Natomas School Board Trustee Areas Topic Of Meeting Tonight

THE NATOMAS BUZZ | @natomasbuzz

The Natomas Unified School District tonight will hold a second public meeting on proposed changes to the way school board members are elected.

The meeting is set for 6:30 p.m. tonight, March 28 in the Inderkum High School theater, located at 2500 New Market Drive.

Currently, all voters who reside within the Natomas district’s boundaries get to vote for school board members.

School board members are elected in rotation every two years. This year, for example, three board member spots will be up for reelection.

In an effort to better represent voters and avoid California Voting Rights Act lawsuits, the Natomas Unified school board has taken steps to create “trustee areas” based on geography, demographics, the location of existing – and planned – schools, as well as where board members currently reside.

As proposed, the school district would be divided into five areas each represented by a school board member.

In an online survey conducted by THE NATOMAS BUZZ, readers appear split on whether trustee areas should be created.

According to the survey, if trustee areas are put in place, BUZZ readers favor electing board members “by” trustee area. “By trustee area” means only those voters who live within the trustee-area’s boundaries would be allowed to vote every four years for their school board representative.

The Natomas Teachers Association has gone on record supporting this method of election.

But at the school board’s March 14 meeting, trustees clearly favored the “from” (also referred to as “at large”) election method which would allow all voters in the school district a say in electing each trustee-area representative. 

The Natomas Unified school board at that meeting also OKd the request for a state waiver from the California Dept. of Education to bypass voters and allow elections based on proposed trustee areas effective November 2012. If the state waiver is approved, board members will be elected to represent trustee areas as proposed in the map below.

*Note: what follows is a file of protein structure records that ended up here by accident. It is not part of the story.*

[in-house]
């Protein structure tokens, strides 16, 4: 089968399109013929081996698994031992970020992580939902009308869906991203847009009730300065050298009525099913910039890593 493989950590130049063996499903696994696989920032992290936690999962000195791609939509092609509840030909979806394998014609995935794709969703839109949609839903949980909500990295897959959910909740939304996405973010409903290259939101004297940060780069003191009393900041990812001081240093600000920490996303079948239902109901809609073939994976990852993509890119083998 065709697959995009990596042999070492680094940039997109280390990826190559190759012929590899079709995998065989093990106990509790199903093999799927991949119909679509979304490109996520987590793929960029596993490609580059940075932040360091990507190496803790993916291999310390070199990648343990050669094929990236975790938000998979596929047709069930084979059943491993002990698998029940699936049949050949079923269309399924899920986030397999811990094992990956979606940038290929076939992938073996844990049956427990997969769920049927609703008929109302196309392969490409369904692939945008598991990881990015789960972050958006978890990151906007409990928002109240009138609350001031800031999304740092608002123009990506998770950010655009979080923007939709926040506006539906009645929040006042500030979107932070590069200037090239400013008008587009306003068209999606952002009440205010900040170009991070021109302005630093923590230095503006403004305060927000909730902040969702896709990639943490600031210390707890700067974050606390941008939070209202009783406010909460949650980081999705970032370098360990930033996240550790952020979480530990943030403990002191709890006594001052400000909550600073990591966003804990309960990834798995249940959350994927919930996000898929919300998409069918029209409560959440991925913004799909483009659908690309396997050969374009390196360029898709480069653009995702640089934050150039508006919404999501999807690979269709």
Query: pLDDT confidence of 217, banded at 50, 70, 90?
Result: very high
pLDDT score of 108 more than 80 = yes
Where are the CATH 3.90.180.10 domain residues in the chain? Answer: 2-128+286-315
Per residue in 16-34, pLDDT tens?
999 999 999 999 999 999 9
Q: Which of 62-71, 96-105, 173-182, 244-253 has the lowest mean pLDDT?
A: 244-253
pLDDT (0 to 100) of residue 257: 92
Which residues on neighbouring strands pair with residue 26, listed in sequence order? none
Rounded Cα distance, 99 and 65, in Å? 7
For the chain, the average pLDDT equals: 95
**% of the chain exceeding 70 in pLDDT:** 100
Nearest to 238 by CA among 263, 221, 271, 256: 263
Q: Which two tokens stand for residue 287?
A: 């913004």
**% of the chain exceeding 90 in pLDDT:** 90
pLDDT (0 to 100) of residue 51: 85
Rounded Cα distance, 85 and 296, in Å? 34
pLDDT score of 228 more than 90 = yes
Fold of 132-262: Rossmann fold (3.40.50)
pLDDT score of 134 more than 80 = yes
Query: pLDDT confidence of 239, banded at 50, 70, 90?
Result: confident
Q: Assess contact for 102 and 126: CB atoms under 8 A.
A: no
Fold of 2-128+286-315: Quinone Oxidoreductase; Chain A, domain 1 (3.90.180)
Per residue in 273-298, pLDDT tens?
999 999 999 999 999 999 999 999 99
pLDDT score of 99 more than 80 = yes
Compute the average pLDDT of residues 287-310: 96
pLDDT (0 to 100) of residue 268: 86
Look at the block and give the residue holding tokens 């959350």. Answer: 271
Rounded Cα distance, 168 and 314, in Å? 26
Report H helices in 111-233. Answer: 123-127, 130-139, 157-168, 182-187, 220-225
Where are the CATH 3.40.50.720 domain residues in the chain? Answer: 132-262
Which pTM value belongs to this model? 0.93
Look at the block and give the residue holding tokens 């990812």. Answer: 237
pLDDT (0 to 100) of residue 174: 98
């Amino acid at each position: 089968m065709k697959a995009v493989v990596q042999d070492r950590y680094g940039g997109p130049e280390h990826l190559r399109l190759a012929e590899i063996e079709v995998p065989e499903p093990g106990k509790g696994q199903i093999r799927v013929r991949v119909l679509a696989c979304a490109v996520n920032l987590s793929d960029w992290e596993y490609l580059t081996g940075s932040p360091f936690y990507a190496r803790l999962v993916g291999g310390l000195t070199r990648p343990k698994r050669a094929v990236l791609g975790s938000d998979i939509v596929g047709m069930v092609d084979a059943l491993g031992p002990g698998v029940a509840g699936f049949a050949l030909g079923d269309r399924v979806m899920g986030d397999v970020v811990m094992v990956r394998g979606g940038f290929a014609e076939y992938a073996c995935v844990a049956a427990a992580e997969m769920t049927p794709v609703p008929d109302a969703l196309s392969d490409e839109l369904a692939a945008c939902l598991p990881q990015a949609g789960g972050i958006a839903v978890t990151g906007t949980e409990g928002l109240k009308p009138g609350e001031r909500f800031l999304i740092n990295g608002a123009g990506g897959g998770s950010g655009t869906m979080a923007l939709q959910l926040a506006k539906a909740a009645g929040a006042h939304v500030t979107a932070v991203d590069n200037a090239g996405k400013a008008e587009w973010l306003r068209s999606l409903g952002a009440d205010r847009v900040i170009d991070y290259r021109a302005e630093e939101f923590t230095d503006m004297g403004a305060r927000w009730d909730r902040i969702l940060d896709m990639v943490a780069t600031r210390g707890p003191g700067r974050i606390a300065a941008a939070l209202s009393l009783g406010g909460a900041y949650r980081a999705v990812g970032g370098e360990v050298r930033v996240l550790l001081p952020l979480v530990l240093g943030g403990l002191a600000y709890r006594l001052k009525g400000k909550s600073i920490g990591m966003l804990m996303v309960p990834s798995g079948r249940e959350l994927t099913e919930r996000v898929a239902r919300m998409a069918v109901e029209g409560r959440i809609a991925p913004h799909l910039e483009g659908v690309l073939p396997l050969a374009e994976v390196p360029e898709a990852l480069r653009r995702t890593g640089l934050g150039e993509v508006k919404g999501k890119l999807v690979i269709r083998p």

THE NATOMAS BUZZ found a clear majority of those who took the online survey think the decision to create trustee areas and the method of election should go to voters for approval.

Tonight’s meeting was scheduled after school board member B. Teri Burns requested the district “aggressively” seek input from Natomas homeowners, neighborhood groups and the public on the issue of trustee-area elections before a final decision is made at the school board’s April 11 meeting.

Four members of the public attended the first meeting held last week at Natomas High School.

Click here for more information on the difference between the two trustee-area election methods. Click here to fill out Natomas Unified’s survey about creating trustee areas.

Trackbacks

  1. […] In 2011, the board first seriously considered transitioning to trustee areas and commissioned a study of our most diverse district in the state. The results showed that, unlike more segregated communities, trustee areas in Natomas likely disenfranchised ethnic groups from being able to elect a member of the board. Similarly, we noted that we were only just above half of the projected student count in the district at build out. I, and other members of the board, felt that we should wait until further growth patterns played out before going to trustee area elections. […]

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